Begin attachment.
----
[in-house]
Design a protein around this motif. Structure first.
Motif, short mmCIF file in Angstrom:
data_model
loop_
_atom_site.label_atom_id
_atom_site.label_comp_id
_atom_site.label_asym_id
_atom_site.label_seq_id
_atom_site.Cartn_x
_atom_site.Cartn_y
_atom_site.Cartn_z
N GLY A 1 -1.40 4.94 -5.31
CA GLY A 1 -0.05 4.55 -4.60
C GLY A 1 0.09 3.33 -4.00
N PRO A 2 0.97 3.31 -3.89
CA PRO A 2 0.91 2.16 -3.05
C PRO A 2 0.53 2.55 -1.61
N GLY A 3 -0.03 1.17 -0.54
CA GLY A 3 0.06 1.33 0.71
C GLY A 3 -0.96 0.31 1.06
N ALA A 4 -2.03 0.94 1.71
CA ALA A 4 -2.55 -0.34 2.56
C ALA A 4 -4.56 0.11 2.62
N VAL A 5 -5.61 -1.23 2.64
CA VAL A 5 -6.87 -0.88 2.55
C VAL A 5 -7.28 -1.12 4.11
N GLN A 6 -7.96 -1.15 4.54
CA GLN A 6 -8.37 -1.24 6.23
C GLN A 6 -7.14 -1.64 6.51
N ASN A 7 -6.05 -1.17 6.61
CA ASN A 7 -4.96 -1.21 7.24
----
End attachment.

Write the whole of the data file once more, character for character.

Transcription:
[in-house]
Design a protein around this motif. Structure first.
Motif, short mmCIF file in Angstrom:
data_model
loop_
_atom_site.label_atom_id
_atom_site.label_comp_id
_atom_site.label_asym_id
_atom_site.label_seq_id
_atom_site.Cartn_x
_atom_site.Cartn_y
_atom_site.Cartn_z
N GLY A 1 -1.40 4.94 -5.31
CA GLY A 1 -0.05 4.55 -4.60
C GLY A 1 0.09 3.33 -4.00
N PRO A 2 0.97 3.31 -3.89
CA PRO A 2 0.91 2.16 -3.05
C PRO A 2 0.53 2.55 -1.61
N GLY A 3 -0.03 1.17 -0.54
CA GLY A 3 0.06 1.33 0.71
C GLY A 3 -0.96 0.31 1.06
N ALA A 4 -2.03 0.94 1.71
CA ALA A 4 -2.55 -0.34 2.56
C ALA A 4 -4.56 0.11 2.62
N VAL A 5 -5.61 -1.23 2.64
CA VAL A 5 -6.87 -0.88 2.55
C VAL A 5 -7.28 -1.12 4.11
N GLN A 6 -7.96 -1.15 4.54
CA GLN A 6 -8.37 -1.24 6.23
C GLN A 6 -7.14 -1.64 6.51
N ASN A 7 -6.05 -1.17 6.61
CA ASN A 7 -4.96 -1.21 7.24